Harvard, a Guide Dog for the Blind

Even though we had to say good-bye to Harvard, this story isn’t sad. Harvard is still very much alive, and our pain at having to part with him was softened by our knowledge that he has a great destiny ahead of him as a guide dog for the blind.

The guide dog group that bred Harvard believes that family-raised puppies turn out much better than kennel-raised pups. So they farm out all their beautiful puppies –golden retrievers, German shepherds, and labradors like Harvard– to volunteer families. And our young son volunteered.

So Harvard was brought to us, his puppy-raising family, when he was just 7 weeks old — a tiny tornado of sleek black fur, weighing only about 10 pounds.

Seventeen months and 70 rambunctious pounds later, after our son had taught him his basic obedience (sit! rest! down!), and we’d all learned to love him, Harvard was taken back to Guide Dog School for his specialized training.

And there, to our amazement, our loopy lab learned how to walk calmly in harness, how to gently “pull” a blind human around obstacles, how to cross streets safely. He just graduated with flying colors, and is now ready to be matched up with his new human.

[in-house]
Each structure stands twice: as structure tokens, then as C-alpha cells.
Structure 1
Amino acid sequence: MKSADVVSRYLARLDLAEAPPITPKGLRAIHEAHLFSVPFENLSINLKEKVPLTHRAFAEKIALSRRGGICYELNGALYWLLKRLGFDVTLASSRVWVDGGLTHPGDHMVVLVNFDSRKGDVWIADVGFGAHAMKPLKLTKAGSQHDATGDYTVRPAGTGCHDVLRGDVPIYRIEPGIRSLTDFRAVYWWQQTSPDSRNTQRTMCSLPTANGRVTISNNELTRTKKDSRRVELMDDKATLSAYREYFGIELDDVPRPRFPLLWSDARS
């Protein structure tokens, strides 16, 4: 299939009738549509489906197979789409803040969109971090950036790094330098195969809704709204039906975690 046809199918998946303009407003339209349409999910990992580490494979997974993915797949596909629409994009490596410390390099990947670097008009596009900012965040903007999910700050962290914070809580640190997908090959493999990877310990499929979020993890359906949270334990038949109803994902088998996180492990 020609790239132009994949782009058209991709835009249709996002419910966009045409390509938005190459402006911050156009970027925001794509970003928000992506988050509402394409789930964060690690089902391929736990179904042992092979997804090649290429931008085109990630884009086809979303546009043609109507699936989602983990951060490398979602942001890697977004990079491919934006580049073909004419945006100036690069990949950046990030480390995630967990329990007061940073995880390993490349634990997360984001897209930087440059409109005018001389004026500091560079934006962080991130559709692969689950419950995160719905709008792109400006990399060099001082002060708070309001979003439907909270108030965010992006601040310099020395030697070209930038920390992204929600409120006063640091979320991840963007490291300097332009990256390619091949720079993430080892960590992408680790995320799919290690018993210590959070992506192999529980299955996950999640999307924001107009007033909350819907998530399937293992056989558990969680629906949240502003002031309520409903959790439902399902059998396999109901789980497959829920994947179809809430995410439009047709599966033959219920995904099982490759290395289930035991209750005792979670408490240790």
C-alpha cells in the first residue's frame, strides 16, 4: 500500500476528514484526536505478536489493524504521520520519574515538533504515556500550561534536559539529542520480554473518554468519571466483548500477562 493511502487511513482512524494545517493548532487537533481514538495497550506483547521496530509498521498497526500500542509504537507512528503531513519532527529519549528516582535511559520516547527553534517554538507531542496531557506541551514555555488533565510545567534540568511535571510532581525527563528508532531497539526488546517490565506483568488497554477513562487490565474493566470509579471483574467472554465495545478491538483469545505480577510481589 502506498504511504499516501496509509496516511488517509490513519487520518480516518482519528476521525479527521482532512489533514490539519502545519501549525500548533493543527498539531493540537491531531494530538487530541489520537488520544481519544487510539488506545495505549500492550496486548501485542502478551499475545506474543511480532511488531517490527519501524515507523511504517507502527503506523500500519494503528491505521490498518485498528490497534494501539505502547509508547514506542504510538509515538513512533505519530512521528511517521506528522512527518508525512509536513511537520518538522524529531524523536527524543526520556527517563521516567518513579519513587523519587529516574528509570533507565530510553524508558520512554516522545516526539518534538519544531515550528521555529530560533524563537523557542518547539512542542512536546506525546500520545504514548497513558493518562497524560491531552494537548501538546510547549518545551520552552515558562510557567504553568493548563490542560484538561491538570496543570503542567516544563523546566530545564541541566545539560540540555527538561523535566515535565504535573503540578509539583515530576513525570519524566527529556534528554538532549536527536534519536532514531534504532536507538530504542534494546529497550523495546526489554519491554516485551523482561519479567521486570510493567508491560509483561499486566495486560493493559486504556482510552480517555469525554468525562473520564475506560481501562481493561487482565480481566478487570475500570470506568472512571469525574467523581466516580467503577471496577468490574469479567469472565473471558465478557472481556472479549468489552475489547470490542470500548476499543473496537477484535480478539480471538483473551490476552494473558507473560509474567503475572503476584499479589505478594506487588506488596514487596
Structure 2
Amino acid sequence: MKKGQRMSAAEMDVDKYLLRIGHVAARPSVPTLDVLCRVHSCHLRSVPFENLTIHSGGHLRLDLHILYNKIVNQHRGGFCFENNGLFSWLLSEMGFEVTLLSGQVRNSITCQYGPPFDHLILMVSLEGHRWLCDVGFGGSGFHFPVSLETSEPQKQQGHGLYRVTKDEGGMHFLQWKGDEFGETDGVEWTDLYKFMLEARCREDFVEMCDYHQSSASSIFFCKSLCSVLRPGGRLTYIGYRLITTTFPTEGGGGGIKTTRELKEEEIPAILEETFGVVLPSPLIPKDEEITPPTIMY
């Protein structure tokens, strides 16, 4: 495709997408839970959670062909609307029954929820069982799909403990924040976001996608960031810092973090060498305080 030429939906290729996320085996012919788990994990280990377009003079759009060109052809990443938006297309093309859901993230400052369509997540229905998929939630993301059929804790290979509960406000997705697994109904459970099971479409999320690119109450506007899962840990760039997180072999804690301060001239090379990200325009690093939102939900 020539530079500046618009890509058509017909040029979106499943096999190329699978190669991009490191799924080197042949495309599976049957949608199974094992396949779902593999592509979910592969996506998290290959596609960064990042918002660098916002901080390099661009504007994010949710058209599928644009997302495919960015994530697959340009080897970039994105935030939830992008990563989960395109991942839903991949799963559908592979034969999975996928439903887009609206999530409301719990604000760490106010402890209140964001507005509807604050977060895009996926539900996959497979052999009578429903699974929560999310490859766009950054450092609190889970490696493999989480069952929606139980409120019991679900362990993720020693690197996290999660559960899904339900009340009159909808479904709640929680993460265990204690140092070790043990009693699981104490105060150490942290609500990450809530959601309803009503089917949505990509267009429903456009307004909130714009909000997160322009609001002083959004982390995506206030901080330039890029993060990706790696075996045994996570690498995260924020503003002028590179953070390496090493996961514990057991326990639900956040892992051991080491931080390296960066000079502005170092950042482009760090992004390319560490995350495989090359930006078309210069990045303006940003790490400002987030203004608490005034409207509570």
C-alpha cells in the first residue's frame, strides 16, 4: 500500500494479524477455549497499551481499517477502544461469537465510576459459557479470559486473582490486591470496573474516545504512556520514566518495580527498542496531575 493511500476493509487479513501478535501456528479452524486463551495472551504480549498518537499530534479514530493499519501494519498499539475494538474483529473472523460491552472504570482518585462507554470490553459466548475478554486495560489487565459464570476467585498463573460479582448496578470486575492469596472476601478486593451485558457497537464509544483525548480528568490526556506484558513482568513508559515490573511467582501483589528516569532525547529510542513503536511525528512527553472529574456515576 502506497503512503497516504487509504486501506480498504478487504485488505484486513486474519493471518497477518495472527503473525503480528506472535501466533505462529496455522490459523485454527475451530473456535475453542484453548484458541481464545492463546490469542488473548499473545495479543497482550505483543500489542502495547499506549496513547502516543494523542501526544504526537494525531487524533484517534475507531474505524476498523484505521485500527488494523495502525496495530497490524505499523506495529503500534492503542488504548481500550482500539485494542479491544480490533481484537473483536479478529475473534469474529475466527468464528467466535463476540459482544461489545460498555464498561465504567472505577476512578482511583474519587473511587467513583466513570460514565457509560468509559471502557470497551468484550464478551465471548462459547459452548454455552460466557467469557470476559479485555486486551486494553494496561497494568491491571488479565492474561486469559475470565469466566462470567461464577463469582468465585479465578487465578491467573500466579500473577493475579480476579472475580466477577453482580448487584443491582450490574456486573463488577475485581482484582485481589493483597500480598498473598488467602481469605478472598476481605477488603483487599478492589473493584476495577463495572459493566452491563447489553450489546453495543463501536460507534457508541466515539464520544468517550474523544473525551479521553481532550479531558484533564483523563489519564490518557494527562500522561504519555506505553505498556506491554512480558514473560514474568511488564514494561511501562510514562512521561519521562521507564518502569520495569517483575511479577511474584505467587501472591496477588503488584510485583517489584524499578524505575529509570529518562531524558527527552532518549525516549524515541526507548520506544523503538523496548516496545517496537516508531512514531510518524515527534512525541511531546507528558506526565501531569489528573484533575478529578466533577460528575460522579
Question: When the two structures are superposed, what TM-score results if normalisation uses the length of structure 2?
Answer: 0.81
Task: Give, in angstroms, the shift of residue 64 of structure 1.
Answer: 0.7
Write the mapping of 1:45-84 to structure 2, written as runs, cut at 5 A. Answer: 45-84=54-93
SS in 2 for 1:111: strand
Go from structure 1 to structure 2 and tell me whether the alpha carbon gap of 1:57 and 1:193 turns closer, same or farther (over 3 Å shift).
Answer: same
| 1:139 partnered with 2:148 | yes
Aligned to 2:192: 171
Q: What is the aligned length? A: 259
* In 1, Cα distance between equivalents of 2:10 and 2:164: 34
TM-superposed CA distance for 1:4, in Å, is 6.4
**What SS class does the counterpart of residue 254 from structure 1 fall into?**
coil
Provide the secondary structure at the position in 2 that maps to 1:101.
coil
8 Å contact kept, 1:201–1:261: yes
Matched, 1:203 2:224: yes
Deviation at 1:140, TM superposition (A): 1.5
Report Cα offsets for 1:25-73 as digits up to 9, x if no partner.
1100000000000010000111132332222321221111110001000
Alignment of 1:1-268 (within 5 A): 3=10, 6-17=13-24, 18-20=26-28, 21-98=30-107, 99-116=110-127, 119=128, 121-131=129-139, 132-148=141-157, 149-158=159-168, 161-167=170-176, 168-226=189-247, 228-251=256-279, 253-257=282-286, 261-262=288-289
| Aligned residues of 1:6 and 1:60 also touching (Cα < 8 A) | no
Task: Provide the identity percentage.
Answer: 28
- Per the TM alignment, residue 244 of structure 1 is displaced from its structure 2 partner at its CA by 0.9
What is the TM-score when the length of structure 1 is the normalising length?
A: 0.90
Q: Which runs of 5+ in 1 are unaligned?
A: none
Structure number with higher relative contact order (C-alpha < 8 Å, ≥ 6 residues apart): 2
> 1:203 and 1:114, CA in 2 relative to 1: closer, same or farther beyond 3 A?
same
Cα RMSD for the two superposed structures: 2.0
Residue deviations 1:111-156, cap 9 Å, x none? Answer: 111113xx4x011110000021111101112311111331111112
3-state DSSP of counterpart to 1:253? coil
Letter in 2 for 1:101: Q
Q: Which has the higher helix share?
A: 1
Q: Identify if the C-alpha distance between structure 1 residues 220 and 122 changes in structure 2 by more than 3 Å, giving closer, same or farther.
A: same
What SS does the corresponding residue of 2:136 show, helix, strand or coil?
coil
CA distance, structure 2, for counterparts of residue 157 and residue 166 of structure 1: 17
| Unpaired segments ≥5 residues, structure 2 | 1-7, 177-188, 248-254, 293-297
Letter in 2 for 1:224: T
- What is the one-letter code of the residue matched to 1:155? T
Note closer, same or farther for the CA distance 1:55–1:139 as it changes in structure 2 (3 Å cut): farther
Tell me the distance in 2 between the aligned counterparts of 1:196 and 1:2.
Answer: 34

So we’ll never get to see our wacky, silly, happy-tailed Harvard again — because once he’s bonded with his new owner, there can be no more contact with his puppy-raising family.

But we do have something to look forward to: After he’s settled in with his new human, we’ll get a letter telling us a little about that new owner, and how Harvard helps him or her to have a better life. We can hardly wait to get that letter!

(By the way, the name “Harvard” was chosen by the guide dog organization — if I’d had my druthers, Mark, I would’ve named him “Hillsdale” !)

Here’s a photo of Harvard doing his beseeching act. That’s the goofy look he’d put on whenever he thought he might be able to finagle a treat.

Joyce from NJ

One Response

  1. Jess Says:

    Gosh, there are so many dogs and puppies like Harvard in shelters and rescue groups that would make wonderful guide dogs! It is possible to both save a dog’s life and find a wonderful service dog at the same time.

    For example, Dogs For the Deaf has been choosing their service dogs from shelters for many years and it is a wonderful success.